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Artwork: Ilya Repin, Follow Me, Satan (Temptation of Jesus Christ)

Bible readings: Psalm 91; 2 Corinthians 6.1-10; Matthew 4.1-11

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I speak to you in the Name of Jesus Christ,  who learned obedience through what he suffered. Amen.  

Friends, this season of Lent is meant to be for us what fasting in the wilderness was for Jesus – a time of discipline, preparation, and training. 

That’s true every Lent but perhaps all the more so this year in this time of pandemic/plague/pestilence) (Ps. 91.3).  

Again, Lent is a time of preparation and training - 'spring training,' you might say.  

But to what end? What are we training for? What are we meant to learn? How are we meant to grow and develop? What skills are we meant to practice and acquire.                         

Two words: mindfulness and obedience.  

Your Lenten mission, should you choose to accept it (!), is to learn mindfulness and obedience to God by entering into the mystery of Christ’s death and Resurrection – to learn what this means, to have it made more real to your life, by dying to sin and growing in likeness to Him.  

Mindfulness. During these 40 days, we journey through the wilderness of our souls and become aware of all the ways in which we are far from God.  You and I must come to terms with how we fall prey to the very same temptations that Jesus Himself resisted; then we must draw near to Him and ask for His mercy and grace to help in time of need (Heb. 4.16).  

Because He can sympathize with our weaknesses - in every respect He has been tempted as we are, yet without sin (Heb. 4.15).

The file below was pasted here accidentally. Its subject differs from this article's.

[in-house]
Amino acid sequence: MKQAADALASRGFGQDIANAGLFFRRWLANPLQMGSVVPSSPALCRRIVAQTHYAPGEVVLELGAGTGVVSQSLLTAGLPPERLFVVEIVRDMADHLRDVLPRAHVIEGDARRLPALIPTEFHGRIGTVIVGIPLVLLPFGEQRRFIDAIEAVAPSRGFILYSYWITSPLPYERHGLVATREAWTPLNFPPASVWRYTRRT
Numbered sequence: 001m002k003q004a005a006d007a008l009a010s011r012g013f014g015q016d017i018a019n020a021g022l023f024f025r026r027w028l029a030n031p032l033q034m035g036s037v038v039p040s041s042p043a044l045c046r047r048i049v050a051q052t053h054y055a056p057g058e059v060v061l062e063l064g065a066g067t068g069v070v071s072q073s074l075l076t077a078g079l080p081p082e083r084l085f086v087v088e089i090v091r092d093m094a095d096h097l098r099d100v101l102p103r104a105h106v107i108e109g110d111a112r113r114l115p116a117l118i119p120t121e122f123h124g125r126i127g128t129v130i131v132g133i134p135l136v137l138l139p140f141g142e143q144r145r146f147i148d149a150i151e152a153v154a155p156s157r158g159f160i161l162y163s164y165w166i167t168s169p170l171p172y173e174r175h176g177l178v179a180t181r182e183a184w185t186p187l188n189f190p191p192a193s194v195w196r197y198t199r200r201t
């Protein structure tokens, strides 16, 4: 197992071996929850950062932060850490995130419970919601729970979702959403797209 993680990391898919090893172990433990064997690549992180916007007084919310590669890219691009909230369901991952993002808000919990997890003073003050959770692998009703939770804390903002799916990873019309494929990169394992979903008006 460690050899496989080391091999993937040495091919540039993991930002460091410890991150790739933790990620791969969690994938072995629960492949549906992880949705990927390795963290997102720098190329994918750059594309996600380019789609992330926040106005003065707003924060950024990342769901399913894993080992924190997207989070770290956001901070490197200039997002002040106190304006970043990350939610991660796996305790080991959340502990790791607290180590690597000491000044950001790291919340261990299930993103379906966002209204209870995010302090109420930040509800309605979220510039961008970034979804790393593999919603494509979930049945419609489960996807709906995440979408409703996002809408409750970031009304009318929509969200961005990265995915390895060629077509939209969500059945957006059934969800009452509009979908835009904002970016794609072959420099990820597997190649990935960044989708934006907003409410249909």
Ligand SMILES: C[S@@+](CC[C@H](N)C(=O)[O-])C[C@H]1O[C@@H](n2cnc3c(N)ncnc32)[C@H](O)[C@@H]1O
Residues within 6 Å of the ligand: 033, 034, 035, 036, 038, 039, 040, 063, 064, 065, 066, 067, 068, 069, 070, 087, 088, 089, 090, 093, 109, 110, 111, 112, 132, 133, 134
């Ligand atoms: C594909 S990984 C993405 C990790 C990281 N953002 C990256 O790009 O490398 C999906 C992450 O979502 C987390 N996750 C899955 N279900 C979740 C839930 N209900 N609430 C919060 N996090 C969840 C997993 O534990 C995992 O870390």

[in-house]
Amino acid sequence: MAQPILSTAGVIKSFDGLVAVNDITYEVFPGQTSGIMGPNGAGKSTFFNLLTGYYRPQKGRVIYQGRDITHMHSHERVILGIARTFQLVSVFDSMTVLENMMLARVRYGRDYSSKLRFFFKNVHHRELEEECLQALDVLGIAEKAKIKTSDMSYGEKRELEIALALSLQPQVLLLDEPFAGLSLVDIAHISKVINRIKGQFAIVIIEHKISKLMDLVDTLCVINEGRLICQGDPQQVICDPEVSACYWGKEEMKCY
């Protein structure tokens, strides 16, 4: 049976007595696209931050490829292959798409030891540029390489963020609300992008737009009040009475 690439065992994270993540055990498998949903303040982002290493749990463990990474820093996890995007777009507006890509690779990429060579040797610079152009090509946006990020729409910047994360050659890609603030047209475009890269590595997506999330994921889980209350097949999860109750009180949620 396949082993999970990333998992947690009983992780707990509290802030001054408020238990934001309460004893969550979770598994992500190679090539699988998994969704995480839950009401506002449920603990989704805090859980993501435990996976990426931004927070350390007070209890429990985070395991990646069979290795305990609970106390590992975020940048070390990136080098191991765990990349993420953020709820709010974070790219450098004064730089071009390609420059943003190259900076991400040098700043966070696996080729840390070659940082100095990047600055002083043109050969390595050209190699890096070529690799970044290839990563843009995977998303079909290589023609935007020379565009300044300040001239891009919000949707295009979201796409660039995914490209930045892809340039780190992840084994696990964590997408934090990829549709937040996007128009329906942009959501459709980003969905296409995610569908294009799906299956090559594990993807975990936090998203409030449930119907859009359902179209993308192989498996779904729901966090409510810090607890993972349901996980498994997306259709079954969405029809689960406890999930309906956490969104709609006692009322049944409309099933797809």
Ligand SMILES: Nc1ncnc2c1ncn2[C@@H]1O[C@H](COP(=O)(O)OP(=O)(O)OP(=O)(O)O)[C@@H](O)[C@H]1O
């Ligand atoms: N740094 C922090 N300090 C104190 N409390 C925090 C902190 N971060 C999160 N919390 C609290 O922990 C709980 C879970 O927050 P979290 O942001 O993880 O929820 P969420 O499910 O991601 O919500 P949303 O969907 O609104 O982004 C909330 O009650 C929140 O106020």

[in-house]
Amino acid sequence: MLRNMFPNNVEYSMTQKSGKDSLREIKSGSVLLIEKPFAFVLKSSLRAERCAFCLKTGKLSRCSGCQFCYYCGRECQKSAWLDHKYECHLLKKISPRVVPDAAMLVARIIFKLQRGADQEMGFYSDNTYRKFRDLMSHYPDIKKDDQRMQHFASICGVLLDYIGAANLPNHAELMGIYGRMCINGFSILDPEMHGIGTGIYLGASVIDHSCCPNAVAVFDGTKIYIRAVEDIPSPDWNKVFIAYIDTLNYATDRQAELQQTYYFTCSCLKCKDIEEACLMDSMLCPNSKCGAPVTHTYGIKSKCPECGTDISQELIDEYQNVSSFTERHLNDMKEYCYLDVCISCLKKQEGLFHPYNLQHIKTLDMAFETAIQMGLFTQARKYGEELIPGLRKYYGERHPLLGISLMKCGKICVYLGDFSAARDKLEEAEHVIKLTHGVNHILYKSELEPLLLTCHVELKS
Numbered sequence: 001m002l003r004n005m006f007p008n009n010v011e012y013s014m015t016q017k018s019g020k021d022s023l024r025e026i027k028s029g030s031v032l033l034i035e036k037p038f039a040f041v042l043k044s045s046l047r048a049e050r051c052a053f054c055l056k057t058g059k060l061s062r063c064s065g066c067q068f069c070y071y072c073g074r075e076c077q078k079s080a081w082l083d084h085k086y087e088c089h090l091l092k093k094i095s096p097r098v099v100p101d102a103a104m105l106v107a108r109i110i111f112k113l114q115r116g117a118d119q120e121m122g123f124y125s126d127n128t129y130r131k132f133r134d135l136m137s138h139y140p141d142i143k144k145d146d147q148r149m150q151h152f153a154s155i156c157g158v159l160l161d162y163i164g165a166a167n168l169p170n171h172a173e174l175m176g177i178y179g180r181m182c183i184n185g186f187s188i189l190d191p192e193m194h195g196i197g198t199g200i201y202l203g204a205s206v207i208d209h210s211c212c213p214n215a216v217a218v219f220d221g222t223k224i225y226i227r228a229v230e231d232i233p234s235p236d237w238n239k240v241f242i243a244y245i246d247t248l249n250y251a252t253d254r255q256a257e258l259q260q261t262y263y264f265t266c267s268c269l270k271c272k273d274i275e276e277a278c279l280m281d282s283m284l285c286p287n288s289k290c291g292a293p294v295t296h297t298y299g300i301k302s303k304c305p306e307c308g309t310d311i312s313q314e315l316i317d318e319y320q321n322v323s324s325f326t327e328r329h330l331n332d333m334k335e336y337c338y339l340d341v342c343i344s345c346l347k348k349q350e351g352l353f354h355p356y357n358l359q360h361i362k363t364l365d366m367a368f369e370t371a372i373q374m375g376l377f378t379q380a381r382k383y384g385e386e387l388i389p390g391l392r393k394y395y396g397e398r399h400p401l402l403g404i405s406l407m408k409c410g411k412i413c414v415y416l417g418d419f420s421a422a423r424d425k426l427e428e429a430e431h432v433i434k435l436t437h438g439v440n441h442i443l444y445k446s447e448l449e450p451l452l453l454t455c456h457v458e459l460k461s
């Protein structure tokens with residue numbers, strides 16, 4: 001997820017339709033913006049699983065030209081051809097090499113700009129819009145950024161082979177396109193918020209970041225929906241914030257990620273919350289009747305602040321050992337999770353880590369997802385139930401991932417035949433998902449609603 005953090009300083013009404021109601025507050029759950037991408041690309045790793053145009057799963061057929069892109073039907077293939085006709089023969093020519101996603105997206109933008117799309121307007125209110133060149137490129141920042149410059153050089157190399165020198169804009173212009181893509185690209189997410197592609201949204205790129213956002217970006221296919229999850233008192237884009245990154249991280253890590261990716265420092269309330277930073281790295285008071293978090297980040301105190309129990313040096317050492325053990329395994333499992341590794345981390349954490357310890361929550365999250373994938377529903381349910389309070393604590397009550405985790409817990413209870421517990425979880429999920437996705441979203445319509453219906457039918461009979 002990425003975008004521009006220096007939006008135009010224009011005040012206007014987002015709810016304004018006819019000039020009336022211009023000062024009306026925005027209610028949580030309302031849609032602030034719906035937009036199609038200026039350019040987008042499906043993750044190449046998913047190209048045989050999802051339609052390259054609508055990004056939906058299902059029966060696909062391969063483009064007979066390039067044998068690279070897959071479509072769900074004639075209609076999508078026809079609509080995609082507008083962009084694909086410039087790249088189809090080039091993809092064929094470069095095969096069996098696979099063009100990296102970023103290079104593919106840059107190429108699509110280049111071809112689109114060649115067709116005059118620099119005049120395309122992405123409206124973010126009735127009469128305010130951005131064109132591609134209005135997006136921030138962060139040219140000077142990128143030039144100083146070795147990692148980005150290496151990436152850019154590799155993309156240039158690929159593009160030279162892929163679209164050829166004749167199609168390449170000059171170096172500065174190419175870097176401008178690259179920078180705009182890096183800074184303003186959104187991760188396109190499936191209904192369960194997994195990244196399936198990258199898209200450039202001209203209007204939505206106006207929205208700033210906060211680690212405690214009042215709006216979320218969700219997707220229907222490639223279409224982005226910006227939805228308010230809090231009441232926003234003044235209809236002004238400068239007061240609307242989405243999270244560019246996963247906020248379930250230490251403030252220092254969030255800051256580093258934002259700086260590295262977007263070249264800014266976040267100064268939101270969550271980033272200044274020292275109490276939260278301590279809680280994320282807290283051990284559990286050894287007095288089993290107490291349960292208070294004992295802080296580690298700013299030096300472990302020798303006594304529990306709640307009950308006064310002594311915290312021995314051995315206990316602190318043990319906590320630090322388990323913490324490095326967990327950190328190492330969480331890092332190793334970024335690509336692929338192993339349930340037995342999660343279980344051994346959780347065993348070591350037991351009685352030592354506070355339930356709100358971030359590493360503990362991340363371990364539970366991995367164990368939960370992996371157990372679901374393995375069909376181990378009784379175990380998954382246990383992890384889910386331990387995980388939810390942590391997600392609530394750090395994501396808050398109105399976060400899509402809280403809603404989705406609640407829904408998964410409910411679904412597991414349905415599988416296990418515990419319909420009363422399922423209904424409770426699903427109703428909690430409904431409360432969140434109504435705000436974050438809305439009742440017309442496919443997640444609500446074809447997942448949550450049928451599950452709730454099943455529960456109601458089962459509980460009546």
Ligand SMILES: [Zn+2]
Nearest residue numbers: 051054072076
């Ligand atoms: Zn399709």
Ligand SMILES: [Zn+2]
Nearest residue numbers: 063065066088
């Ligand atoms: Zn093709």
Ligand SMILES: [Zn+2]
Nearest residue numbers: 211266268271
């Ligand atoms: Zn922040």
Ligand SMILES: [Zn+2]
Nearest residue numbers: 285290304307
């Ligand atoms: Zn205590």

In today’s Gospel reading from Matthew, Jesus is tempted by Satan in three different ways; and we are meant to see these as being basically the same as the temptations that we also face in our lives.  

  1. to give into our disordered appetites and desires.
  2. to test God or to try to use Him for our own ends; and
  3. the temptation of pride, power and control.      

In this story, Matthew shows us what the author of Hebrews tells us: that Jesus learns obedience by suffering and resisting temptation in these ways.  

Friends, if we’re honest with ourselves, we must admit that we have fallen prey to these same temptations in our lives.  

So in this season of Lent, may we learn to put our faith and trust - not in our own efforts of self-improvement - but in Christ’s obedience in our place, an obedience that lasted even unto death on the Cross.  

May we lean on His strength alone so that we may walk in newness of life and with renewed resistance to all manner of temptations that beset us.   

I will say unto the LORD, ‘Thou art my refuge and my stronghold; / my God in whom I will trust.’ (Ps. 91.2)

 

[These sermon notes are expanded upon in the recording below]

 


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